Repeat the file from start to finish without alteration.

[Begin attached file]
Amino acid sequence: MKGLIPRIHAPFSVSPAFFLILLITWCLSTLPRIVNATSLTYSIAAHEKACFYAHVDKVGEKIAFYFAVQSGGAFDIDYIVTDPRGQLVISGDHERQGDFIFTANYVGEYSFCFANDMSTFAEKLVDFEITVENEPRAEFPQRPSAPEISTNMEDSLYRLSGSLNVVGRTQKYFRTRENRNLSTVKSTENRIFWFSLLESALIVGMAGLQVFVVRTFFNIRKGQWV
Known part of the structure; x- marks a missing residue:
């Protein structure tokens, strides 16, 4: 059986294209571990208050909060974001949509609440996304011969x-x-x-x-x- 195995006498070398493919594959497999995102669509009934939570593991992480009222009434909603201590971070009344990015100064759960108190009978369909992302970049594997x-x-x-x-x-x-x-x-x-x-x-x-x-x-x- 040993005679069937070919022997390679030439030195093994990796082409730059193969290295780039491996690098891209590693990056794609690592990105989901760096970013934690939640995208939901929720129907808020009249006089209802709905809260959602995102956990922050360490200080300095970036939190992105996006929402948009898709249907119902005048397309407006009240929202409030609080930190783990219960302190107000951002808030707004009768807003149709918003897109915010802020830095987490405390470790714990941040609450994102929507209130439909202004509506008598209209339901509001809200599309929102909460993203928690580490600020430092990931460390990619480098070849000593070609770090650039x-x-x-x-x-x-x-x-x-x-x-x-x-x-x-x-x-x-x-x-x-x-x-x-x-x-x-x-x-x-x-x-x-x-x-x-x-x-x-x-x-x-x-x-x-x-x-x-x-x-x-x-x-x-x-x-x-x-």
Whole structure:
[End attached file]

Amino acid sequence: MKGLIPRIHAPFSVSPAFFLILLITWCLSTLPRIVNATSLTYSIAAHEKACFYAHVDKVGEKIAFYFAVQSGGAFDIDYIVTDPRGQLVISGDHERQGDFIFTANYVGEYSFCFANDMSTFAEKLVDFEITVENEPRAEFPQRPSAPEISTNMEDSLYRLSGSLNVVGRTQKYFRTRENRNLSTVKSTENRIFWFSLLESALIVGMAGLQVFVVRTFFNIRKGQWV
Known part of the structure; x- marks a missing residue:
């Protein structure tokens, strides 16, 4: 059986294209571990208050909060974001949509609440996304011969x-x-x-x-x- 195995006498070398493919594959497999995102669509009934939570593991992480009222009434909603201590971070009344990015100064759960108190009978369909992302970049594997x-x-x-x-x-x-x-x-x-x-x-x-x-x-x- 040993005679069937070919022997390679030439030195093994990796082409730059193969290295780039491996690098891209590693990056794609690592990105989901760096970013934690939640995208939901929720129907808020009249006089209802709905809260959602995102956990922050360490200080300095970036939190992105996006929402948009898709249907119902005048397309407006009240929202409030609080930190783990219960302190107000951002808030707004009768807003149709918003897109915010802020830095987490405390470790714990941040609450994102929507209130439909202004509506008598209209339901509001809200599309929102909460993203928690580490600020430092990931460390990619480098070849000593070609770090650039x-x-x-x-x-x-x-x-x-x-x-x-x-x-x-x-x-x-x-x-x-x-x-x-x-x-x-x-x-x-x-x-x-x-x-x-x-x-x-x-x-x-x-x-x-x-x-x-x-x-x-x-x-x-x-x-x-x-």
Whole structure: